In his lecture "Traffic", John Ruskin makes the rather audacious claim that "good taste is essentially a moral quality" (234). In fact, he takes his argument one step farther by asserting that "to teach taste is inevitably to form character" (235). He explains: "You get hold of a scavenger or a costermonger, who enjoyed the Newgate Calendar for literature, and 'Pop goes the Weasel' for music. You think you can make him like Dante and Beethoven? I wish you joy of your lessons; but if you do, you have made a gentleman of him: — he won't like to go back to his costermongering" (235). In other words, it is a man's hobbies and preferences that determine his (moral or immoral) lot in life — and 'good taste' furthermore is a moral force that has the power to transform a depraved man from a 'pop'-ular music fanatic to a Beethoven enthusiast.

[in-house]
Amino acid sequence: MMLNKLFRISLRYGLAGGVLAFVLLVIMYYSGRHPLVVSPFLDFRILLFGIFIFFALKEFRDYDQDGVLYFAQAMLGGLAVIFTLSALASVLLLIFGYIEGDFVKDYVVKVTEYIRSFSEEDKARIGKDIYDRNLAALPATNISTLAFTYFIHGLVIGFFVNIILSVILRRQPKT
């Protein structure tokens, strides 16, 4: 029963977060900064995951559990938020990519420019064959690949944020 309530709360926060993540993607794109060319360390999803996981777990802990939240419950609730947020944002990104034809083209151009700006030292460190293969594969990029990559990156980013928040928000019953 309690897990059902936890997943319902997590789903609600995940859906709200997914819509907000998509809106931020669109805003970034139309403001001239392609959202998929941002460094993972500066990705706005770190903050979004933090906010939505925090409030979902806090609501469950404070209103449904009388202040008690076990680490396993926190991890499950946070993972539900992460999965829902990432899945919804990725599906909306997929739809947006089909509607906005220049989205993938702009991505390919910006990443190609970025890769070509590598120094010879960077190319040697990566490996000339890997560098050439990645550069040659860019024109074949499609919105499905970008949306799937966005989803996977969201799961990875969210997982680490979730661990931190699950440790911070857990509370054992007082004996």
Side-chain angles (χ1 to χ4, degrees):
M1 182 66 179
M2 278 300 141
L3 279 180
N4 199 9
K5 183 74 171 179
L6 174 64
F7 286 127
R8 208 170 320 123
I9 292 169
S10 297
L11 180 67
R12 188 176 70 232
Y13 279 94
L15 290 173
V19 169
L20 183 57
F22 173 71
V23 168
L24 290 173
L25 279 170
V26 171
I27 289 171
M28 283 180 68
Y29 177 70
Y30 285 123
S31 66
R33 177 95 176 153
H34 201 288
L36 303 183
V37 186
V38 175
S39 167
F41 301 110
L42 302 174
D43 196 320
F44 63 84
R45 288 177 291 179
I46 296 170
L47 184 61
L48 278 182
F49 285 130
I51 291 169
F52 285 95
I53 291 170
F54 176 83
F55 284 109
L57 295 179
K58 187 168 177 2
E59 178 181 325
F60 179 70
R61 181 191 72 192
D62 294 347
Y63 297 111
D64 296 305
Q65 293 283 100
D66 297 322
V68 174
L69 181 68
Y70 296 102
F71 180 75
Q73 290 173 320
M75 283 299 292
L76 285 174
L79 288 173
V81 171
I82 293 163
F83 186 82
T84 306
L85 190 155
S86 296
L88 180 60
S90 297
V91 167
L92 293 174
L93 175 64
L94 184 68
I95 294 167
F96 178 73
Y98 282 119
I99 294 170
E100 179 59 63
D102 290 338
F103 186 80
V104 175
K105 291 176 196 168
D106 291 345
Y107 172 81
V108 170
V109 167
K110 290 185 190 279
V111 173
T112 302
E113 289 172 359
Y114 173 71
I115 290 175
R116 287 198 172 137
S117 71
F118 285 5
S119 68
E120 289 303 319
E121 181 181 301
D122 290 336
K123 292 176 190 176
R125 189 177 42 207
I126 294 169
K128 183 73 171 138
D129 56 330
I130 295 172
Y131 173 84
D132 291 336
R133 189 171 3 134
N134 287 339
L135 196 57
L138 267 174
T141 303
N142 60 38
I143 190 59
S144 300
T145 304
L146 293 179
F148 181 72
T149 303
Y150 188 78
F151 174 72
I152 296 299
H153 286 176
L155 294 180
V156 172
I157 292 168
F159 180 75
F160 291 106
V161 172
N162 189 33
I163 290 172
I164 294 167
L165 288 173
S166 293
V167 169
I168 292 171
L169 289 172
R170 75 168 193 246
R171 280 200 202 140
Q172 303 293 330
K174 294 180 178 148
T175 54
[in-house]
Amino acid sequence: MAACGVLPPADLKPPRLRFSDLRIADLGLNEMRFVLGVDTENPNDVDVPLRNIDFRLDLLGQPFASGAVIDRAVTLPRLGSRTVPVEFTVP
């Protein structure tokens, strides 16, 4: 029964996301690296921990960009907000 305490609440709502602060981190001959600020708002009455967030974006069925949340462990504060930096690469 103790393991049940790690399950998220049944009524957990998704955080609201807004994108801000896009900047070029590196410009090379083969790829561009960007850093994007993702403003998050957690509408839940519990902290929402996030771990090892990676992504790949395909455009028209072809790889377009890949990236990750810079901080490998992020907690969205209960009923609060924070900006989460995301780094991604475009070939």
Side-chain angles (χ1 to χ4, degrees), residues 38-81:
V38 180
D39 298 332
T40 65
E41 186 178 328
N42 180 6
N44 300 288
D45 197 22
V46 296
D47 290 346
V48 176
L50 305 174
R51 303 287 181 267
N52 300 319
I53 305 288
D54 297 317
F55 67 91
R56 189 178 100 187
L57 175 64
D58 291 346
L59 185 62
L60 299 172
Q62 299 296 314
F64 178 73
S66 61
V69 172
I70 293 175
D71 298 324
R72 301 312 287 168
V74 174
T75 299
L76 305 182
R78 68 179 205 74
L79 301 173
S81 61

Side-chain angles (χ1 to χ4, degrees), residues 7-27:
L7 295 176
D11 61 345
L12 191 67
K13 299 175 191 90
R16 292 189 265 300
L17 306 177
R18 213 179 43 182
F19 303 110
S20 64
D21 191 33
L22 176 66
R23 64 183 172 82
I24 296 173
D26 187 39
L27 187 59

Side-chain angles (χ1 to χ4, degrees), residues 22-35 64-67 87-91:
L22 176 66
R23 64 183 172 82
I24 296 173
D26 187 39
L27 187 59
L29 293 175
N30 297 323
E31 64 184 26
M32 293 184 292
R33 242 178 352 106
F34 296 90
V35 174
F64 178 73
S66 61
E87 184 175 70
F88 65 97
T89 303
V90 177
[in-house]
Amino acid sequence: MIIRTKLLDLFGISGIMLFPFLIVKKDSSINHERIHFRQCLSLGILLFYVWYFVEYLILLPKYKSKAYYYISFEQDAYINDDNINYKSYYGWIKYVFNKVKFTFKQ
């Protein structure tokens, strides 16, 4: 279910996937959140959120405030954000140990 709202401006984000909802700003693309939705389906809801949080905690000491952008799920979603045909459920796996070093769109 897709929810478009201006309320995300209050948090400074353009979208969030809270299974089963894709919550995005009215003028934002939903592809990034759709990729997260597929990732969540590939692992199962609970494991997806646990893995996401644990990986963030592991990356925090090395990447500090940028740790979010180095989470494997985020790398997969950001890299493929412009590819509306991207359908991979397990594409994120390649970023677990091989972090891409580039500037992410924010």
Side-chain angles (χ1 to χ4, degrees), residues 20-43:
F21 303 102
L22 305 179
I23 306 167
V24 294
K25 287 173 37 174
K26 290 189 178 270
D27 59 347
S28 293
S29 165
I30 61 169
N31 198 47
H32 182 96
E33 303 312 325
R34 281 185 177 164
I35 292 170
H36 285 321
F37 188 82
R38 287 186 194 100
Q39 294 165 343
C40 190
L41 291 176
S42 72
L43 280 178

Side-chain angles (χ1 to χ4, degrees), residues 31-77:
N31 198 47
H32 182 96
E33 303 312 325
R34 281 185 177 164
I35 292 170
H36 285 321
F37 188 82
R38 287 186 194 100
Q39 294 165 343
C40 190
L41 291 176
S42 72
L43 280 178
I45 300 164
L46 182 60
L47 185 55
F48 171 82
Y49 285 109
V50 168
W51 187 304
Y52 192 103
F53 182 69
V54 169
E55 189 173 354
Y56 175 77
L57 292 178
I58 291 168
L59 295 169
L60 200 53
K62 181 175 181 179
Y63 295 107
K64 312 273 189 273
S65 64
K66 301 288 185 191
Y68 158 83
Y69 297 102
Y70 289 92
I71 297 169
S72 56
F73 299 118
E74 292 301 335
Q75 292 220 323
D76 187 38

Ruskin is using this argument in the larger context of national architectures and how they inform one upon the characters of the respective societies from which they spring.
Is Ruskin's elitism necessary for his argument?
Are we convinced by Ruskin's linking of morality and character to 'taste' (a term that is never defined)?
One of the criticisms leveled against Victorian sages like Carlyle and Ruskin was that no one really ever listens to their diagnoses, or at least, their disgnoses don't change anything. To what extent is this assessment accurate?
Did this particular lecture have any effect on the building of the Exchange, or the architecture of Bradford (I wonder)?
Was this Ruskin's real concern in delivering the lecture anyway?
[For an interesting response, see what Aldous Huxley had to say about Ruskin's influence on art, architecture, and govcernment policy in 1919. GPL]
Last modified 4 April 2002